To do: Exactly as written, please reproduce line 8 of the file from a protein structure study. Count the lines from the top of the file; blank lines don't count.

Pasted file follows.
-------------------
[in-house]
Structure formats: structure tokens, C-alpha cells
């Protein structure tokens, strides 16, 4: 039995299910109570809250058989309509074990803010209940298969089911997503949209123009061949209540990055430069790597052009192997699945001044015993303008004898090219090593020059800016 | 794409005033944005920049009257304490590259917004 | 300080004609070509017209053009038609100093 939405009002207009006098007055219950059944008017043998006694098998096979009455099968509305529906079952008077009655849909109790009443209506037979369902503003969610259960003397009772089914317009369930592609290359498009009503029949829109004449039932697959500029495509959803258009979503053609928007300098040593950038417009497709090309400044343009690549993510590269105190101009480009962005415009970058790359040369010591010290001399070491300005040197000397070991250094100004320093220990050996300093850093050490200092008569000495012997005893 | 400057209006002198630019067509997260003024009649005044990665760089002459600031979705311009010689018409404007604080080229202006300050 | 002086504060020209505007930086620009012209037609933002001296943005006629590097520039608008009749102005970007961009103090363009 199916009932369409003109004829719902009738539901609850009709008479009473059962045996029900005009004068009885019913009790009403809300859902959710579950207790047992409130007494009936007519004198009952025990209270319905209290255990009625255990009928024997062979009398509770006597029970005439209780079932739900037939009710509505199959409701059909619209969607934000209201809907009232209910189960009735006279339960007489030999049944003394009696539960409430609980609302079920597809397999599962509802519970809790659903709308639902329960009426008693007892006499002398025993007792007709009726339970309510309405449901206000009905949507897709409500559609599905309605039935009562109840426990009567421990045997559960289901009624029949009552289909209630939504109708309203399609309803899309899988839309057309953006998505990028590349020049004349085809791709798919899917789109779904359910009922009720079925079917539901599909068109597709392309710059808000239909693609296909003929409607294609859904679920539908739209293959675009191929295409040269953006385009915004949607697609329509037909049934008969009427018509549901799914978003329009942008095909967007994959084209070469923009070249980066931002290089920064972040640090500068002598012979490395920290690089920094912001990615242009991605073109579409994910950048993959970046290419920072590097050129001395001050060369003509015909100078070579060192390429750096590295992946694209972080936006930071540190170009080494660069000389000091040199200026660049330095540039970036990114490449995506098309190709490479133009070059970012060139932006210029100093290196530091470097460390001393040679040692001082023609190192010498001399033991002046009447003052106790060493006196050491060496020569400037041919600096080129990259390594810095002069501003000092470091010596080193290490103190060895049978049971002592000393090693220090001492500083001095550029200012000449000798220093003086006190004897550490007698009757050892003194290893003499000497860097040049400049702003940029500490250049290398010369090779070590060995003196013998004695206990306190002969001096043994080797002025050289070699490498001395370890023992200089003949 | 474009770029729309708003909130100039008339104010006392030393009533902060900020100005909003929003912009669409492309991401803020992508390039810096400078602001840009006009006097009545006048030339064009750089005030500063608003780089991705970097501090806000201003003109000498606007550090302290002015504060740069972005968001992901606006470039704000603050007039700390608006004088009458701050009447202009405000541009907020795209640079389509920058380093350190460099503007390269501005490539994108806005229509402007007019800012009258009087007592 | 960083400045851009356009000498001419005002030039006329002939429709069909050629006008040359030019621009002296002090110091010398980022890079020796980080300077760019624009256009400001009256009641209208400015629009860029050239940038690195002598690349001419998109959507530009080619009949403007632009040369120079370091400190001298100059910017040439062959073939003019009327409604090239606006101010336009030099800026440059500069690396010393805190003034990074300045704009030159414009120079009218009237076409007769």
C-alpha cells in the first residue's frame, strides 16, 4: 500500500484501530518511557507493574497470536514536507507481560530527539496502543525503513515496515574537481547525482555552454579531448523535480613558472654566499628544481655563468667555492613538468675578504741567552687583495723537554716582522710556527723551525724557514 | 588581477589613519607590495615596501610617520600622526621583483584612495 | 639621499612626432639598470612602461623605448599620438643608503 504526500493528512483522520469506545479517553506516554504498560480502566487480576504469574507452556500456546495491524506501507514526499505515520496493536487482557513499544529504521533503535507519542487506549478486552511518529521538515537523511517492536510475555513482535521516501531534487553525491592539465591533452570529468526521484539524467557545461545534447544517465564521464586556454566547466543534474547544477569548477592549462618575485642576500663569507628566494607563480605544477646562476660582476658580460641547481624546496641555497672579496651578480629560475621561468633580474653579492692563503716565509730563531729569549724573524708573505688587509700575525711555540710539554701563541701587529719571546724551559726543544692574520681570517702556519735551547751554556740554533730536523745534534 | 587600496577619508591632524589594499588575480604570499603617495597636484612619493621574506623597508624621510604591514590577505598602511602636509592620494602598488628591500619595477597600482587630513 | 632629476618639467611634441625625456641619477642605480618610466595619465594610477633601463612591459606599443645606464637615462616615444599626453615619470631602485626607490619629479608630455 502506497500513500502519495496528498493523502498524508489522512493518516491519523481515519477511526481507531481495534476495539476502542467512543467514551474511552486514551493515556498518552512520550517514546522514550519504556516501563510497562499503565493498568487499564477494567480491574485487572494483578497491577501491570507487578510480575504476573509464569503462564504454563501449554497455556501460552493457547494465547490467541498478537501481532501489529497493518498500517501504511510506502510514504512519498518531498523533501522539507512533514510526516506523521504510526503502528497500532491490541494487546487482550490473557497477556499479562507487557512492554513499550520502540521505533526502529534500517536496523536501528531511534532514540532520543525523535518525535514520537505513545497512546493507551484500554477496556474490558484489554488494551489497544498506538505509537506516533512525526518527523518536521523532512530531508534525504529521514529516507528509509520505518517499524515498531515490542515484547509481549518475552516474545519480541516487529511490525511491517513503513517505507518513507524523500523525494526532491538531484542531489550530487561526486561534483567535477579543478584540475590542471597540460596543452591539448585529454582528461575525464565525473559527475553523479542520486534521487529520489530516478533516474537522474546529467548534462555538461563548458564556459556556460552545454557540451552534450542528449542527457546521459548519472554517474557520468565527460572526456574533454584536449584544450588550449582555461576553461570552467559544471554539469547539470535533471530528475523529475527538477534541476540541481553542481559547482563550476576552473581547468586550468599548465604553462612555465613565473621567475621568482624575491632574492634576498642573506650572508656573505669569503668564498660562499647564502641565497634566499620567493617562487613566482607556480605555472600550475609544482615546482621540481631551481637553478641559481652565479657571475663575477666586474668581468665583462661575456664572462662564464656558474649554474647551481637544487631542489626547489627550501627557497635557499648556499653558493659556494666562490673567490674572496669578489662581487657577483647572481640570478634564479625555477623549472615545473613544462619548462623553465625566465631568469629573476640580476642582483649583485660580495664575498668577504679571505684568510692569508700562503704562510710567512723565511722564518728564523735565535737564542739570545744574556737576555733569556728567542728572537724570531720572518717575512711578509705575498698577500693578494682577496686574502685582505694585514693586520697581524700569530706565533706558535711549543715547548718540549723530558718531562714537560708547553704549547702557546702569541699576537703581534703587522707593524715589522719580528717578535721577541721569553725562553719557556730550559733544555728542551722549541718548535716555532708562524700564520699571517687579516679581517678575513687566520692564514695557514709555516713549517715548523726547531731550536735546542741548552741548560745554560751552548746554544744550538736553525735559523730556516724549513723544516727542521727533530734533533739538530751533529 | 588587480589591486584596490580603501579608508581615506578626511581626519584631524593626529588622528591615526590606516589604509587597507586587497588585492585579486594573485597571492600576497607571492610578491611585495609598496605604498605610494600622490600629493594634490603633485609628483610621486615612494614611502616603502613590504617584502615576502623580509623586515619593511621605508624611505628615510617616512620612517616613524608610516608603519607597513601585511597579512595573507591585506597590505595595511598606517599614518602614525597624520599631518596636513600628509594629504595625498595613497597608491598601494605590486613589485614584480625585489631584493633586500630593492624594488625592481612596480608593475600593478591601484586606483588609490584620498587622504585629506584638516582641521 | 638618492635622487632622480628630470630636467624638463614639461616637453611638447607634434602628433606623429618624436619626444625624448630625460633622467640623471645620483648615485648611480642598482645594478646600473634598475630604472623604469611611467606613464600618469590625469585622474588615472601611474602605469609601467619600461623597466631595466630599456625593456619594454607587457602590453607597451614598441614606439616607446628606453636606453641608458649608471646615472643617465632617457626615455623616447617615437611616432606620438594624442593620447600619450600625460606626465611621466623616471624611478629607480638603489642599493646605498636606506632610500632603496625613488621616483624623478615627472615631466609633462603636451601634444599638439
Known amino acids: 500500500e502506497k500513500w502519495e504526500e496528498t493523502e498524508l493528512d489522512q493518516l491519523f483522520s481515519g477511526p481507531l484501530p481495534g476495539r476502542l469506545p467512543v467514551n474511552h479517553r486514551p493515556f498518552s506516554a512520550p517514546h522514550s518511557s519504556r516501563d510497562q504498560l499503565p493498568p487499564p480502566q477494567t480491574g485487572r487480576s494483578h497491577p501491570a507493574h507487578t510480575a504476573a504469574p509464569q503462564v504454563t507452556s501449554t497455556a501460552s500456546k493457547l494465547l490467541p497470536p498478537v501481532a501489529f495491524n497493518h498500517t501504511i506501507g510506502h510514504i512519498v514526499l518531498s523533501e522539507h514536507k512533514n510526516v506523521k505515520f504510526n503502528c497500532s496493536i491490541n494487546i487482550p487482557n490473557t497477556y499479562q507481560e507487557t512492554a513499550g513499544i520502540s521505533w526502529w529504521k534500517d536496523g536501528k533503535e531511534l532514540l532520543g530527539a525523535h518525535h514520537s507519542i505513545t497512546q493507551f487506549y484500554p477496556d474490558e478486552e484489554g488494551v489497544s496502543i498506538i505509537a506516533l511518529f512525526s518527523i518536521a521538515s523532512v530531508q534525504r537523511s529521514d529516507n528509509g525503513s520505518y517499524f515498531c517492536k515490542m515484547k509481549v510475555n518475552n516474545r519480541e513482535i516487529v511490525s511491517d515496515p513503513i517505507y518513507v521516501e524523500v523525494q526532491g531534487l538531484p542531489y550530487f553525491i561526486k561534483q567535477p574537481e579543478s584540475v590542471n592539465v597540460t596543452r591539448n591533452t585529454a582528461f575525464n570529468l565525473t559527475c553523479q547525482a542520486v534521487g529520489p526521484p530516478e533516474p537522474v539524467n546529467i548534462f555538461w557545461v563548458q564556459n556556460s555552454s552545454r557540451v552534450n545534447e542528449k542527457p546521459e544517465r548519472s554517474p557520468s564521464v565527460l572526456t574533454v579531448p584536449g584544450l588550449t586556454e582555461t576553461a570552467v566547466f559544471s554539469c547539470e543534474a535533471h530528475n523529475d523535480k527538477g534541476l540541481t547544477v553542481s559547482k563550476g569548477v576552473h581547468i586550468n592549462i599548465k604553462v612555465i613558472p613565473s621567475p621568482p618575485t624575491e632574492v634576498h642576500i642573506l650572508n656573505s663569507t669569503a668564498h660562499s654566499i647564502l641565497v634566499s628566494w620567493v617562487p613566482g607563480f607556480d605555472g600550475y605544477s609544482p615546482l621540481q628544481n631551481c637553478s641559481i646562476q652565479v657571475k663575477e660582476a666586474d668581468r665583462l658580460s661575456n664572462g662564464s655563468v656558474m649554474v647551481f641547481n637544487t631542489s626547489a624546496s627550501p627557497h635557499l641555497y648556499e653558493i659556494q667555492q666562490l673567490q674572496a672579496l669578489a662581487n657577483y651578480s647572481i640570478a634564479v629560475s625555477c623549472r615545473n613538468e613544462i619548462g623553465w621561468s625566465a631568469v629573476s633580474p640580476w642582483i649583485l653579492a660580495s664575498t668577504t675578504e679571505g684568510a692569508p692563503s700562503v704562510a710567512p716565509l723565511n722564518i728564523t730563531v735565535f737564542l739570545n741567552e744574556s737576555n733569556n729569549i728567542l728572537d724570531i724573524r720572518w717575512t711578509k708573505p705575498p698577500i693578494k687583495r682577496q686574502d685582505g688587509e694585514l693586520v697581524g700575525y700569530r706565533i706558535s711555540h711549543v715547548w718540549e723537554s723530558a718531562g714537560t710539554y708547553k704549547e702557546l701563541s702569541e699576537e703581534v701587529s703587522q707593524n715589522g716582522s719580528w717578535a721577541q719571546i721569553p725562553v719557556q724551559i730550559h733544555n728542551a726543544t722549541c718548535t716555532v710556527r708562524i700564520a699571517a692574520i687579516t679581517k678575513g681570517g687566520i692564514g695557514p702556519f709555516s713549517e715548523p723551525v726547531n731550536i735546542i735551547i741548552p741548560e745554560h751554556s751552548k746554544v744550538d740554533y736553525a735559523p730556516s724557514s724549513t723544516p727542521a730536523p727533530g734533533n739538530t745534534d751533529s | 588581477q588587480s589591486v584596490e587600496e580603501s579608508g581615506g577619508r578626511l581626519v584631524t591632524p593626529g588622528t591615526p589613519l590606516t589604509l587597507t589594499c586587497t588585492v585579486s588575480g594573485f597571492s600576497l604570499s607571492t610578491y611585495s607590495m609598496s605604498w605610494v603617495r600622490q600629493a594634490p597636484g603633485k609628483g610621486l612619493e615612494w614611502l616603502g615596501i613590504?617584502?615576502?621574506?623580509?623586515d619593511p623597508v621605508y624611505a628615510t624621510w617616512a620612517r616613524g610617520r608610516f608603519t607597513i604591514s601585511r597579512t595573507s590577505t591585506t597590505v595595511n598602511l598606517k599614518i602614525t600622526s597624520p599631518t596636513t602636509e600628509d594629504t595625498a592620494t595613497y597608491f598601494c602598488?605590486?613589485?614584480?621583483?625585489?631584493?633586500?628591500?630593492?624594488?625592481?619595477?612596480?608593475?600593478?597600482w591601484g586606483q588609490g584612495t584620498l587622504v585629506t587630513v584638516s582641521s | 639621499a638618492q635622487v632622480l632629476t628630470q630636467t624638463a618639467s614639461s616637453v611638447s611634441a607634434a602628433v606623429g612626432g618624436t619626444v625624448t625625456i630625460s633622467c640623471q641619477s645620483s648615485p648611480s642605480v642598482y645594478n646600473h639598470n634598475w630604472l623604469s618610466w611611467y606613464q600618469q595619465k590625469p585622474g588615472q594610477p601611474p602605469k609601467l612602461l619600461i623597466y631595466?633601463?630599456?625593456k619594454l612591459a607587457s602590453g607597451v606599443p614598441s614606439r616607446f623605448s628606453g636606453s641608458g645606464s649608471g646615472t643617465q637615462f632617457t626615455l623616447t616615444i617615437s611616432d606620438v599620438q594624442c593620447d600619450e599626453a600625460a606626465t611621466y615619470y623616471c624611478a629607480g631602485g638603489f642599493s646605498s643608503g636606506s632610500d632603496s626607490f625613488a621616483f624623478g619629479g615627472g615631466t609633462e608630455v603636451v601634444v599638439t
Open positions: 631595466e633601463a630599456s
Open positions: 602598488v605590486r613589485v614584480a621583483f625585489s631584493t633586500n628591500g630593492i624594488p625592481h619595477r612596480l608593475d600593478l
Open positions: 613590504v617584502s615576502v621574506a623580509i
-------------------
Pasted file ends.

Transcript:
Open positions: 613590504v617584502s615576502v621574506a623580509i